RevNaomi - reader, knitter, lover of life, minister
The premise - to tell history through Islamic eyes - is exciting for those of us most familiar with the European-dominated world histories.
Addressing the development of Wahabbism, Ansary clearly put the movement in context and names ways it has continued to develop that matter greatly today, but were not obviously part of early teachings.
The story of the development of Sufism and the initial response of rulers to try and crush it.
I have a feeling that many westerners whom come across this title will not even give it a second thought. It will be their loss. While one could forgive the casual shopper for looking at a book with the dome of a Mosque on the cover and promising "A History of the World Through Islamic Eyes" and assuming that it is an anti-western book of Islamist propaganda.
Nothing could be farther from the truth. Maybe there would be less conflict and greater understanding of foreign cultures if all nations wrote their cultural history with such an unbiased assessment of their deeds, crimes, and neglect.
For the record, I was raised in a Catholic house, but converted to Islam four years ago when I met my wife. A woman whom changed my life completely. I have always loved to learn about history, and suddenly having to submit myself to mandates of a culture that I had never understood, and one that is so maligned in popular culture left me with many questions, and no answers at all.
My wife was little help in answering my questions, because she had never had the need to ask them herself. And, for reasons that become clear in this book, many Muslims are largely ignorant of their own cultural significance in world history.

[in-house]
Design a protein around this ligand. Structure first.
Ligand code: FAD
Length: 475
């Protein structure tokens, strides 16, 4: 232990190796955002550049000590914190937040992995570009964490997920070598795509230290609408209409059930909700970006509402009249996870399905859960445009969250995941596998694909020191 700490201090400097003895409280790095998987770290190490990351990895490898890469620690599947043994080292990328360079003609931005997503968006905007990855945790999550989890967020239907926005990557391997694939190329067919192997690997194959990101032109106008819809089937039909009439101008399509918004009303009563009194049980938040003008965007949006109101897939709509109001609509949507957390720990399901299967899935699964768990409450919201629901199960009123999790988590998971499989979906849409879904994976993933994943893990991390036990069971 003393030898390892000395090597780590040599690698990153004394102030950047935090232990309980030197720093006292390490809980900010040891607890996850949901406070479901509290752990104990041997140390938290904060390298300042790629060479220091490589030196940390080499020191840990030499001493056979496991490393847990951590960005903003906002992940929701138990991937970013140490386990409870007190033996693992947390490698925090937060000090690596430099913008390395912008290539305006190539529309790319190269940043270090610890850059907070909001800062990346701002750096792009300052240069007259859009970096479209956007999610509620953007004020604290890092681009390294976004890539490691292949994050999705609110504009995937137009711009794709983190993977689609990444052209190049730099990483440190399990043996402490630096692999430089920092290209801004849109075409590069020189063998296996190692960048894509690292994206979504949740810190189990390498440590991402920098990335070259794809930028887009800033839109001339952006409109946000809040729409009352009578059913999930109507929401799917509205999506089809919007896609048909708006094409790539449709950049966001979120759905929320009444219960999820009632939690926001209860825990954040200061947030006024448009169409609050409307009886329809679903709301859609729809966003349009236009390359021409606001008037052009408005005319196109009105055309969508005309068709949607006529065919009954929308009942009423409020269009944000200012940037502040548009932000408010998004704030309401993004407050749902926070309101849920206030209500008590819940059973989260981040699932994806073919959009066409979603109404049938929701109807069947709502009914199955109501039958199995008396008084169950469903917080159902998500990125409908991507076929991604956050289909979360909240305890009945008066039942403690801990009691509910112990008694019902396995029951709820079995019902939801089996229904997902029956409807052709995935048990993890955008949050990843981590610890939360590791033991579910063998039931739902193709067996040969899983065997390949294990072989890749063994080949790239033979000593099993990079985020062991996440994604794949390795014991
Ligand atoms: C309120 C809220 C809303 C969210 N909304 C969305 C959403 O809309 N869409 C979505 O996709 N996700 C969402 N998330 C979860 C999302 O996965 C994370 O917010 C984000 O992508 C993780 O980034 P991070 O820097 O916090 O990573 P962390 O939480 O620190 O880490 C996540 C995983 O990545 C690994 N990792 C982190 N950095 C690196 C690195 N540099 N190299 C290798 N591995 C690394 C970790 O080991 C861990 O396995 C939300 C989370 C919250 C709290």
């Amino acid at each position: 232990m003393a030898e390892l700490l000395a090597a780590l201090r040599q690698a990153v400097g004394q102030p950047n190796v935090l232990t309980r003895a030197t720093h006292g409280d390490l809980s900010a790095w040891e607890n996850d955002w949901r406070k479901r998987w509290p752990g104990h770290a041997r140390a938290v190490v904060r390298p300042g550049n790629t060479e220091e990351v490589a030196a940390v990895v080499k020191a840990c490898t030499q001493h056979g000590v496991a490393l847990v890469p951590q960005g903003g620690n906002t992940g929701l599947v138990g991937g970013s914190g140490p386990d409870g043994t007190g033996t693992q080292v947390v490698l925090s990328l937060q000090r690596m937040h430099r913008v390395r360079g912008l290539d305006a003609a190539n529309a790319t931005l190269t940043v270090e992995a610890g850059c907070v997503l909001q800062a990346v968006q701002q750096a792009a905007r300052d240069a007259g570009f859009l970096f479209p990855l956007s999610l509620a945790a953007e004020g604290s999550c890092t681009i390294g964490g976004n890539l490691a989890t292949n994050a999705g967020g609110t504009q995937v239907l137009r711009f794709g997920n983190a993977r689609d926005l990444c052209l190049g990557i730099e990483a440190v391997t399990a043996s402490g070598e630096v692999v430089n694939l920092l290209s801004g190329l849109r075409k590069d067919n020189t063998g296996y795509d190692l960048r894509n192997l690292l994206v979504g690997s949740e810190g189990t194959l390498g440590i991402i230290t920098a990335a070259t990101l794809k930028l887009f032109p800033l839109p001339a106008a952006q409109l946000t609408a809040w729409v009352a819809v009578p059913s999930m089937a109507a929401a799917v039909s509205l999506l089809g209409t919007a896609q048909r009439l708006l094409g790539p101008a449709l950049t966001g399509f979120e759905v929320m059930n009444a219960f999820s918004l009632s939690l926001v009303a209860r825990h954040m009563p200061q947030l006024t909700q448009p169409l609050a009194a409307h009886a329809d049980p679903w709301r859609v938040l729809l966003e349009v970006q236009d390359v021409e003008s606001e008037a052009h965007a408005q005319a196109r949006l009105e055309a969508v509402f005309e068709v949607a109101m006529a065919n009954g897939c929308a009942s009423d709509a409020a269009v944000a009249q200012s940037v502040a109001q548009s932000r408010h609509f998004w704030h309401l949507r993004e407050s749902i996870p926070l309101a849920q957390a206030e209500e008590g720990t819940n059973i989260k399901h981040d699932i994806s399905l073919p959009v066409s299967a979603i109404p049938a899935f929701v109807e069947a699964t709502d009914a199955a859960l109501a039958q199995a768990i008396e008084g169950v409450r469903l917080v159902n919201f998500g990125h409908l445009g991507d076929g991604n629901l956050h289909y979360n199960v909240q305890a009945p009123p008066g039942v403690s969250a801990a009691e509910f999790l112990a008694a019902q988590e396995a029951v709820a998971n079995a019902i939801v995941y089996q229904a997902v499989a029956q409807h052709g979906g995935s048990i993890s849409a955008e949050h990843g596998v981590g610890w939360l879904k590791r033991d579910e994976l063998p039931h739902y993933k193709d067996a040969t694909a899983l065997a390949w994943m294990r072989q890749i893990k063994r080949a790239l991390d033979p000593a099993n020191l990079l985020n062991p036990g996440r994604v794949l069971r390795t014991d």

My wife is a Sunni Muslim, and so far I have resisted taking sides in a sectarian divide that I didn't even understand. Thanks to this book, I now know what it is that a Shi'a Muslim believes. However, understanding the differences in a fair and balanced manner, makes it much less likely that I will ever take sides in that conflict.
Tamim Ansary dedicates a large portion of this book to the development of Islamic society through the revelations to the Prophet Muhammad (pbuh), and the subsequent rulers of Islam, both religious scholars, and the leaders of the empires. And it is spellbinding. It becomes clear just how the Islamic world authored its own fragmentation throughout history, and how that fragmentation of society made the Middle World easy for invading armies to exploit.
I won't give spoilers, but I was shocked to discover that my own understanding of the Middle World (Middle East) was wrong, wrong, wrong. Nobody told me to think these things, but I placed the blame for many of the problems in the Middle World squarely at the feet of Christianity beginning with the Crusades, continuing through colonialism, progressing through puppet dictators, the outrage of Zionist occupation, and resulting in jihadist hatred.
What I found in this book was that my beliefs were wrong, if not completely, at least partially, on every single one of those beliefs. Tamim Ansary spreads the blame around equally. If the Muslims acted in a way that brought misfortune upon them, he calls them out for it. At the same time, he does not shy away from talking about the horrors committed by invading forces. And to show that he is not simply making things up, he provides specific sources within the book as well.
I recommend this book to ANYBODY that enjoys history. It won't disappoint.
This book summarizes the historical events and helps you to understand the current ones;.
Listening the book from the author makes you feel like you are being narrated in front of him in a classroom.
I couldnt stop listening and finished the book in very short time.
I procrastinated listening to this for a while, but devoured it in less than a week once I started. Ansary reads his work well, the pace is fast enough to prevent sections from dragging, but he manages to fit in enough detail to tell the story. What makes this so interesting is that he is not trying to give a comprehensive, detailed account of history, and in some places, he's not even worried about accuracy, so much as he is trying to tell you the history and the stories that Muslims tell themselves. Well worth the listen.
My reading and listening tastes are eclectic.